The taka has suddenly come under severe stress as an unusually low supply of the US dollar made it costlier for import payments, according to treasury officials of different banks.
The greenback was sold at Tk86.30 on an average on Wednesday for BC (bills for collection) sale – the rate at which banks settle import payments. Just two weeks ago, a US dollar was sold at less than Tk85.
"Supply of the greenback has become so dearer that banks are offering over Tk86 for a dollar for getting foreign currencies from overseas expatriates. So, the BC sale rate has shot up," said a top treasury official of a private bank.
Interestingly, banks are showing the official rate at Tk84.95 a dollar, upon a verbal instruction from the central bank.
The Business Standard talked to several treasury officials and top bankers who said the gap between the demand and supply of dollar has been widened in recent days due to a drastic fall in export and remittance – Bangladesh's main two sources for foreign currency.
The first two weeks' export earnings plummeted to less than $200 million from over $1.1 billion for the same period a year ago. Inward remittance has also nosedived by over 30 percent so far this month.
Where has the demand increased amid the Covid-19 lockdown?
Usually, Bangladesh imports by opening two types of Letters of Credit (LCs) – cash and deferred. Payment for cash LC is settled within one month while deferred LC takes six months for that.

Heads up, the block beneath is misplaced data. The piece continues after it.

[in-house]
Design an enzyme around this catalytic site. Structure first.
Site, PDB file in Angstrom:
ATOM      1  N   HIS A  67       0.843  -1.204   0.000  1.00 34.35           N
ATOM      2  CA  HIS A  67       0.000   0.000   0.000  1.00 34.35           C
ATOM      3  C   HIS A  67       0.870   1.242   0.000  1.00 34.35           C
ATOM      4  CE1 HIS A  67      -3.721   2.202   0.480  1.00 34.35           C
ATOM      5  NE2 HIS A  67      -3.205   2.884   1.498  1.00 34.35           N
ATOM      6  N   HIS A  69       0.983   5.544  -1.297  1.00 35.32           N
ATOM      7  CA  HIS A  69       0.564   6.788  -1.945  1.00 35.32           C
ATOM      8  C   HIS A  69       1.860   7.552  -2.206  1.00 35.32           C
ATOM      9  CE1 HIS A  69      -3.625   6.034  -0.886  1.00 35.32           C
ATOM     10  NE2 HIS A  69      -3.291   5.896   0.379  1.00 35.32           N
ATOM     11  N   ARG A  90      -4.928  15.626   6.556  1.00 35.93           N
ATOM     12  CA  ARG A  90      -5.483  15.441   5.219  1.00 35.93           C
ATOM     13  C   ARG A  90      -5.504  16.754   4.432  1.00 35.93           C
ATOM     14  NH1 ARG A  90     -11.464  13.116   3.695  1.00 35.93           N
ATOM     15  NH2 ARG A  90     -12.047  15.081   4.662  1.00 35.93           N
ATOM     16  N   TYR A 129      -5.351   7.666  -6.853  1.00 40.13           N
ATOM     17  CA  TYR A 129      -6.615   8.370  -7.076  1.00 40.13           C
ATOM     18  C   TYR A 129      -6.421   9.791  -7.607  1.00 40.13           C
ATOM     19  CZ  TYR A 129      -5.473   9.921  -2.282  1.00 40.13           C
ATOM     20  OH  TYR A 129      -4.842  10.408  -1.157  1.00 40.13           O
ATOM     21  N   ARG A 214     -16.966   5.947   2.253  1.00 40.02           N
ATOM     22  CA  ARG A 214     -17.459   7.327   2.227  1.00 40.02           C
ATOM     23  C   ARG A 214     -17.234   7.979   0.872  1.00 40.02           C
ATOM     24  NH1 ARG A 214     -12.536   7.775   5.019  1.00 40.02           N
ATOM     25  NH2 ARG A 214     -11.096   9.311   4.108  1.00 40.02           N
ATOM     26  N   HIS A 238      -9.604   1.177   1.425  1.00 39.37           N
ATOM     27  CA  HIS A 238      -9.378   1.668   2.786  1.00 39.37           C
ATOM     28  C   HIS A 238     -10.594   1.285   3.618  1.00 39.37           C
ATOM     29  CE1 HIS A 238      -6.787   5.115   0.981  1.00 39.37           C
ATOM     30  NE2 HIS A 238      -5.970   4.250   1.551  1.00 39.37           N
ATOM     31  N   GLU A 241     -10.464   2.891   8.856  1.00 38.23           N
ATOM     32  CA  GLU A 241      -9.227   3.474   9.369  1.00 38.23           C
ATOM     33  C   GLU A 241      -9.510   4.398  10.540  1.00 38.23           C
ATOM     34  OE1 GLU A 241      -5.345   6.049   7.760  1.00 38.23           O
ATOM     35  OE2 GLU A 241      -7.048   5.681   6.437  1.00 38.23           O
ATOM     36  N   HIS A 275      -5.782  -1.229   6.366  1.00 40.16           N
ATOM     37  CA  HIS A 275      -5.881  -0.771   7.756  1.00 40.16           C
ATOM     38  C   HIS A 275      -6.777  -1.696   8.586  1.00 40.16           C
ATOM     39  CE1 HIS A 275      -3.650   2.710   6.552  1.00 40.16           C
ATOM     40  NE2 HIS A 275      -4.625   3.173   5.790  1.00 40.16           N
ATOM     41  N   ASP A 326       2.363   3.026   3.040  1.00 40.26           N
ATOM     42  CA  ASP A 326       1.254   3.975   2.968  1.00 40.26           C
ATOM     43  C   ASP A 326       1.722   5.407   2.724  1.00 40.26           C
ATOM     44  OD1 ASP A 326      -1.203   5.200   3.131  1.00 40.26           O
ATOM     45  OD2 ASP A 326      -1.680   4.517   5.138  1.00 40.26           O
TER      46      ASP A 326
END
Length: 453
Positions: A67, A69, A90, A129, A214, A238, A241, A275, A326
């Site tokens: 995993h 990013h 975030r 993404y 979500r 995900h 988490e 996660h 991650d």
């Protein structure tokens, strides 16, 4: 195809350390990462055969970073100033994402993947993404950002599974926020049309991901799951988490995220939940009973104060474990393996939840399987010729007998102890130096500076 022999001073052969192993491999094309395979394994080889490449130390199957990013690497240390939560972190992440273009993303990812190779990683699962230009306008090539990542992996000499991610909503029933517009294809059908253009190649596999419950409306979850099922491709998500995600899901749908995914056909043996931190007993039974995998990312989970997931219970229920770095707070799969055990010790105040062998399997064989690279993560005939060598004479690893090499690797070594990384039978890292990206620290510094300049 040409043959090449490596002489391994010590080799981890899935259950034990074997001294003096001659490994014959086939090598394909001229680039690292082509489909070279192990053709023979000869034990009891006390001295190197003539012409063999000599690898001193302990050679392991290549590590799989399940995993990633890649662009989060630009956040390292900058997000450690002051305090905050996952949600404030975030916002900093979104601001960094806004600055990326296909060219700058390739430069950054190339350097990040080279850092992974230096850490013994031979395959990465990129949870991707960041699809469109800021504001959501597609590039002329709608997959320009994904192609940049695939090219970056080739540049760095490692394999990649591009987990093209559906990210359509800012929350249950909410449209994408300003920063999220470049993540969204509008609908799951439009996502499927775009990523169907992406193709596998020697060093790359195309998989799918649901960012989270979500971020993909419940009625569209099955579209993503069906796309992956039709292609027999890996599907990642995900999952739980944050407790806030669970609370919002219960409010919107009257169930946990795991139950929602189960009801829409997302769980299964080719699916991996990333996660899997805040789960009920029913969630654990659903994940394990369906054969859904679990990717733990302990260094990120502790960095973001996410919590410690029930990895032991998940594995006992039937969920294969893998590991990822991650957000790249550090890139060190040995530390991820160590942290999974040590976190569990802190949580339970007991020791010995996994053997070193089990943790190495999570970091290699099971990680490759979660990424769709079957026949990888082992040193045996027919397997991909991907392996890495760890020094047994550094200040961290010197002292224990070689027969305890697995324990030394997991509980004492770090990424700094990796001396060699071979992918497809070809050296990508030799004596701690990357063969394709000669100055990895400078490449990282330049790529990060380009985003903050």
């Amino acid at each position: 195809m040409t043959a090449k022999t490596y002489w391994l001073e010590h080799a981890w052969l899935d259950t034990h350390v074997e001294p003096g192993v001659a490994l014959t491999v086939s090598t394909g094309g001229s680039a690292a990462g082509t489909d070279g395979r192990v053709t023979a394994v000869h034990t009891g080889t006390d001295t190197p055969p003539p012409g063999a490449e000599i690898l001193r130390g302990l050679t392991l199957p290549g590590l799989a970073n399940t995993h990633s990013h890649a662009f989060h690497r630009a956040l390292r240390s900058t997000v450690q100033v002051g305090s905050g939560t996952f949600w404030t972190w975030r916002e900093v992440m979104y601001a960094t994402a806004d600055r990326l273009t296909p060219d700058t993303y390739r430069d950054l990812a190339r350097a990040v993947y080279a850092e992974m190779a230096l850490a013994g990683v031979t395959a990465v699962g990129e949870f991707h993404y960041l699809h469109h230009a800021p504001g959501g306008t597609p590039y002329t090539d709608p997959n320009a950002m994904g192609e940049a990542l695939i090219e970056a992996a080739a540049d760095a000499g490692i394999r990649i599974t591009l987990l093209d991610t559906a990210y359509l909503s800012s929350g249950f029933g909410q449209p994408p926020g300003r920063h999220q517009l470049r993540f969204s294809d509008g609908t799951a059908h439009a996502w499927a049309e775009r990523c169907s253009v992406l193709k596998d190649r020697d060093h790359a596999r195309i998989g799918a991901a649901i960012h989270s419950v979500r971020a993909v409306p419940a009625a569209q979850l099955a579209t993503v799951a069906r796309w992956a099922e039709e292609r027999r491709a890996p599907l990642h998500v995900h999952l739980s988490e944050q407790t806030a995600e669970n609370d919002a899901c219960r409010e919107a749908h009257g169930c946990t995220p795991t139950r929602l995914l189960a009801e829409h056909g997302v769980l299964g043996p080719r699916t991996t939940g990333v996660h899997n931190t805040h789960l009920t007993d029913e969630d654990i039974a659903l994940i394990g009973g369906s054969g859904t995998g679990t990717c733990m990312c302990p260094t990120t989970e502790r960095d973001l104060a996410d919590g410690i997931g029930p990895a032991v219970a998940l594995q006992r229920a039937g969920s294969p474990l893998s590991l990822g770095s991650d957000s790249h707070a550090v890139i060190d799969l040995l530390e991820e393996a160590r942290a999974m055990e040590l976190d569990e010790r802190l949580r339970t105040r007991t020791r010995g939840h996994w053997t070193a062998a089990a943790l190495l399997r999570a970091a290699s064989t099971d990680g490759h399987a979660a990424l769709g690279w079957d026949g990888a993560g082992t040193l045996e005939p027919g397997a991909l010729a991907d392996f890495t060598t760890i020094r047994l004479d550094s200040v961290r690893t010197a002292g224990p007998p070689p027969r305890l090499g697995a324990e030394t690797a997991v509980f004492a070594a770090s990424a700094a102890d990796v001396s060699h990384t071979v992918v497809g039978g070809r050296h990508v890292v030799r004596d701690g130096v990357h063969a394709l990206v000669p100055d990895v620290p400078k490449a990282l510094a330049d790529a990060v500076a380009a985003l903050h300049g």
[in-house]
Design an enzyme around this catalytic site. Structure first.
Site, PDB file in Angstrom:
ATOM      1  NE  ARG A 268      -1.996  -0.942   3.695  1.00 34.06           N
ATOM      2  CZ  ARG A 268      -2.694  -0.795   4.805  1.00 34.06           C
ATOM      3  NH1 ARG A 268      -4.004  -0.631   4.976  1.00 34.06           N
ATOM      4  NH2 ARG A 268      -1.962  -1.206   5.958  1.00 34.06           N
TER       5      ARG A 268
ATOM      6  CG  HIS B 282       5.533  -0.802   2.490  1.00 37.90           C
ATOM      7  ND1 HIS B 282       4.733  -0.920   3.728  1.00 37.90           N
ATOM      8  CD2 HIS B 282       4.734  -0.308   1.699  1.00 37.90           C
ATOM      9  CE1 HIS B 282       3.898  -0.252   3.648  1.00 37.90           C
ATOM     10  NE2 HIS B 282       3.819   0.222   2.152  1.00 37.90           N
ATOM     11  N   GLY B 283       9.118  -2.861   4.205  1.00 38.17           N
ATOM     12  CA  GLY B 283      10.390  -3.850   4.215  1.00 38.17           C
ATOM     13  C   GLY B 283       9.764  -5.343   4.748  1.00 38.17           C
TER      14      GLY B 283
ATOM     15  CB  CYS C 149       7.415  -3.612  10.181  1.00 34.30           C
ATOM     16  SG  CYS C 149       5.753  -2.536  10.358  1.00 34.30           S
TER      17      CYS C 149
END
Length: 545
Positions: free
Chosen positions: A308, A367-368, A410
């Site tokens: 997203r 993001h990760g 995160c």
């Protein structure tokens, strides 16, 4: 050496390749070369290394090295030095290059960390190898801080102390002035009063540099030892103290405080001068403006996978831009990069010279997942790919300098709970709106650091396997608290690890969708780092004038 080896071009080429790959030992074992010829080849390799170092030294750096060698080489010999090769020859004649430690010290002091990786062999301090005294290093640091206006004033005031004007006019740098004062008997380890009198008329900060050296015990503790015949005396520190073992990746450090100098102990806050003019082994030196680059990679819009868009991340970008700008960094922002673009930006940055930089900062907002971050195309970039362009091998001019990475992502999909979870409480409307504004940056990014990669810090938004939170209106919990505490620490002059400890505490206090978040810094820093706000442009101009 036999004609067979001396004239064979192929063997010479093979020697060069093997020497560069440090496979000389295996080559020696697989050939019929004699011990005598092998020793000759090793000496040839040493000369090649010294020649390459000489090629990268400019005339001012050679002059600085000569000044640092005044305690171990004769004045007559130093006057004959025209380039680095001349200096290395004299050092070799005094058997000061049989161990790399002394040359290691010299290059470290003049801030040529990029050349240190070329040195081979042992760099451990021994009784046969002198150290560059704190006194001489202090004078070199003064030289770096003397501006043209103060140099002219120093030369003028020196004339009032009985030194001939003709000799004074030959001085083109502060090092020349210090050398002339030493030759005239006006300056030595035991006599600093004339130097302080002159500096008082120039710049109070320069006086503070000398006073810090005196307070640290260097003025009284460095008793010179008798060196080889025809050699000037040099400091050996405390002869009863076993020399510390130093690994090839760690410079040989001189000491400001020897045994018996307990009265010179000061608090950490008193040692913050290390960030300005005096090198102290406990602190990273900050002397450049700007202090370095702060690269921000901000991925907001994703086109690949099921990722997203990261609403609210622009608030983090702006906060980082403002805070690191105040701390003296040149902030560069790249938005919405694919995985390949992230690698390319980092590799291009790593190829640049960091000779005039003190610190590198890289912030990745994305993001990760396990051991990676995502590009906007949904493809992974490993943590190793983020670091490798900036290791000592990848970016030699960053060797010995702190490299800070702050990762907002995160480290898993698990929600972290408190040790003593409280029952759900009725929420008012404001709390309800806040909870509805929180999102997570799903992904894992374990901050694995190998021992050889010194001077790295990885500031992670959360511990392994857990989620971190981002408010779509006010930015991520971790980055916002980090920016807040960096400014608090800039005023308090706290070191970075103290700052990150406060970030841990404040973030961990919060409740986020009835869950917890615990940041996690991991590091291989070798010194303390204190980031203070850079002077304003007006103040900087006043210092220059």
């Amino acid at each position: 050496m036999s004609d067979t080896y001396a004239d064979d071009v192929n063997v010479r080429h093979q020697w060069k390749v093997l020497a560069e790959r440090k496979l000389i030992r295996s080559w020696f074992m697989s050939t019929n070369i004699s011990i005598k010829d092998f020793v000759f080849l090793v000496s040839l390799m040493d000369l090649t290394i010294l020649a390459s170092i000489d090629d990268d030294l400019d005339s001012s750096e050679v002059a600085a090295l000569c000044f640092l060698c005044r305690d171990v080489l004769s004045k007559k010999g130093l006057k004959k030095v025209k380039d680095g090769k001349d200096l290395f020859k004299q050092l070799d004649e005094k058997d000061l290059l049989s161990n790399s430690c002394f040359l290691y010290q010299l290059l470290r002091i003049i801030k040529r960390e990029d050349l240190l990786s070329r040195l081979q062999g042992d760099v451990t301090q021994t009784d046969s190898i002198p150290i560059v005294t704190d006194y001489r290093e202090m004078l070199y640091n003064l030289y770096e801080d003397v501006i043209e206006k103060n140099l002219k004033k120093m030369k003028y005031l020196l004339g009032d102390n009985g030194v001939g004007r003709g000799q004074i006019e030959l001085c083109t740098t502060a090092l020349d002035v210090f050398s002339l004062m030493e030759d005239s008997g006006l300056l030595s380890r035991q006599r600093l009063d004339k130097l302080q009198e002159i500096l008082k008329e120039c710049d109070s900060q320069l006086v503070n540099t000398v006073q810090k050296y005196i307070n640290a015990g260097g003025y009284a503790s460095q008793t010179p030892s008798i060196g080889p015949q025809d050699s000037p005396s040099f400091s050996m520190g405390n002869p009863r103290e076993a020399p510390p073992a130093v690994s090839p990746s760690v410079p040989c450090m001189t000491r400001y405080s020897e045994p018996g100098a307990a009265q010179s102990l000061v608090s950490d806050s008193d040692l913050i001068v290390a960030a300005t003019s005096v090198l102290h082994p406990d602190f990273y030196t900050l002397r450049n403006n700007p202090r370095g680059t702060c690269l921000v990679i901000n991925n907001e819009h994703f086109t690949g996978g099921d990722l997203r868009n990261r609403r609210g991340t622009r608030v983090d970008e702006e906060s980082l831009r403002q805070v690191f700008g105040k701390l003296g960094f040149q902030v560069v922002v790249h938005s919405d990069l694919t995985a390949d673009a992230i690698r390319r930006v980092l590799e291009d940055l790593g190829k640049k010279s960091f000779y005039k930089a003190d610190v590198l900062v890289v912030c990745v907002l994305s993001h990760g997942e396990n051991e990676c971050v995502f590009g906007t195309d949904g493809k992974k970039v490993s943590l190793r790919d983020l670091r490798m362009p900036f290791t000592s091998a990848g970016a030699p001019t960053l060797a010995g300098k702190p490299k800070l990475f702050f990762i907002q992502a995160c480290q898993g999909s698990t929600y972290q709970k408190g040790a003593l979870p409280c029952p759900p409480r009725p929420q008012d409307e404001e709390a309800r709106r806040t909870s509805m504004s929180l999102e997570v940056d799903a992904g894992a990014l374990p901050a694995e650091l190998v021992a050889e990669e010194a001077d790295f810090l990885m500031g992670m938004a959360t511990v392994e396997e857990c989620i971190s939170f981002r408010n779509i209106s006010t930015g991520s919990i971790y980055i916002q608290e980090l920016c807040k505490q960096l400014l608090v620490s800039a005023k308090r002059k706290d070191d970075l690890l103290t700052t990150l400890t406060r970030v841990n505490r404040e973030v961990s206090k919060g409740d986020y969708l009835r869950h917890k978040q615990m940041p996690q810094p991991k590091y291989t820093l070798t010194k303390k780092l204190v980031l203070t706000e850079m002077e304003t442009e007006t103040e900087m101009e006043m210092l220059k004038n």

Of the import LCs, around 70 percent is deferred ones in Bangladesh, according to bankers. So, the demand for the US dollar is always there in the pipeline for clearing the payments, they said.
"Moreover, the import is much higher than the export as some commodities are being brought in to meet the additional demand during the upcoming Ramadan," said a treasury head of another private bank.
Mohammed Haider Ali Miah, managing director of EXIM Bank, said some banks are offering Tk86 plus for a dollar from remitters to meet their demand.
But the foreign currency is not a problem for all banks, said Ali citing that his bank has $107 million in surplus funds.
"Banks that are facing maturity of deferred LCs now are in need of the dollar," said Ali, also the general secretary of Bangladesh Foreign Exchange Dealers' Association.
He hopes it is a temporary trend and will not last for many days as there will be a down in fresh imports.
"The Bangladesh Bank has told us that they are ready to support the market with the dollar anytime," he said.